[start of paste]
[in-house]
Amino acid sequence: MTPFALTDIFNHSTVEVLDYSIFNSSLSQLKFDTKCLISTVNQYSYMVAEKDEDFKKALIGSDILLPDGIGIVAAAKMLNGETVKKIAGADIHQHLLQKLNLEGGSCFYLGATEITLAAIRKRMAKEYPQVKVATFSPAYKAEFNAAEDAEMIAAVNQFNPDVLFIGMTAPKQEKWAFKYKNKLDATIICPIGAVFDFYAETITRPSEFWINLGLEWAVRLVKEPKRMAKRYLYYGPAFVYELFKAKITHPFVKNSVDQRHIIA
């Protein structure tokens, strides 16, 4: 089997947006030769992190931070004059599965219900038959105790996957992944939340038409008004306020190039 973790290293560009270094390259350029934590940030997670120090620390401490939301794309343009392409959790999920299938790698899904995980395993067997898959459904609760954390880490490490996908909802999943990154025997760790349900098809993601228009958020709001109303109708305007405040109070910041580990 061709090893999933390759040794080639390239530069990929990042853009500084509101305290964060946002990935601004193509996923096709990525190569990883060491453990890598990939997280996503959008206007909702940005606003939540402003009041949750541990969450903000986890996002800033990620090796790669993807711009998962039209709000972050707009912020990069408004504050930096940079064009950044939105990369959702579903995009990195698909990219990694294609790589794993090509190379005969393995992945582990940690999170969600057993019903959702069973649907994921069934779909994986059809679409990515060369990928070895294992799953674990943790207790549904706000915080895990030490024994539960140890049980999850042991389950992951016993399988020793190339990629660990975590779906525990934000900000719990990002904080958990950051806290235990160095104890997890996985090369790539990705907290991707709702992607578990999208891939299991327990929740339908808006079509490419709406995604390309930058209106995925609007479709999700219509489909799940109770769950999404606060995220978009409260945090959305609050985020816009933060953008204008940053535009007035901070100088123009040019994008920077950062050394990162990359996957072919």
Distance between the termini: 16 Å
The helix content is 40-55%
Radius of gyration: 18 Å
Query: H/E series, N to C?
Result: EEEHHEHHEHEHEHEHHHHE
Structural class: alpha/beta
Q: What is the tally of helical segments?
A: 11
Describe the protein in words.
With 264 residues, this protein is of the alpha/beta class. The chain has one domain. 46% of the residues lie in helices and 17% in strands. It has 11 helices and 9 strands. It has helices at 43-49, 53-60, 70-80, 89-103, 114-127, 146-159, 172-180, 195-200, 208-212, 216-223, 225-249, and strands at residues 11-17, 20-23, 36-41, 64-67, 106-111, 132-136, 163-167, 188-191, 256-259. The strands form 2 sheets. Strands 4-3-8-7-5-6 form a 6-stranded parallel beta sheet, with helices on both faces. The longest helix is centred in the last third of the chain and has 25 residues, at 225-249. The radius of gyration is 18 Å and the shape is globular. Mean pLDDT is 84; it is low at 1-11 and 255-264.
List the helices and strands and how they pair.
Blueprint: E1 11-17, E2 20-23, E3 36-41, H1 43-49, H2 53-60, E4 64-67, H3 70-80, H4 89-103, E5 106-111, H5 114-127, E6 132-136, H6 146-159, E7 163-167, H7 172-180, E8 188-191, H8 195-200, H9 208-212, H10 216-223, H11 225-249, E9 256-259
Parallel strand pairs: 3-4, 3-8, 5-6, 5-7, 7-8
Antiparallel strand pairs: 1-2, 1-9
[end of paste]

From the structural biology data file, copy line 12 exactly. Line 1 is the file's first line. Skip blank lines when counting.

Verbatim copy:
Describe the protein in words.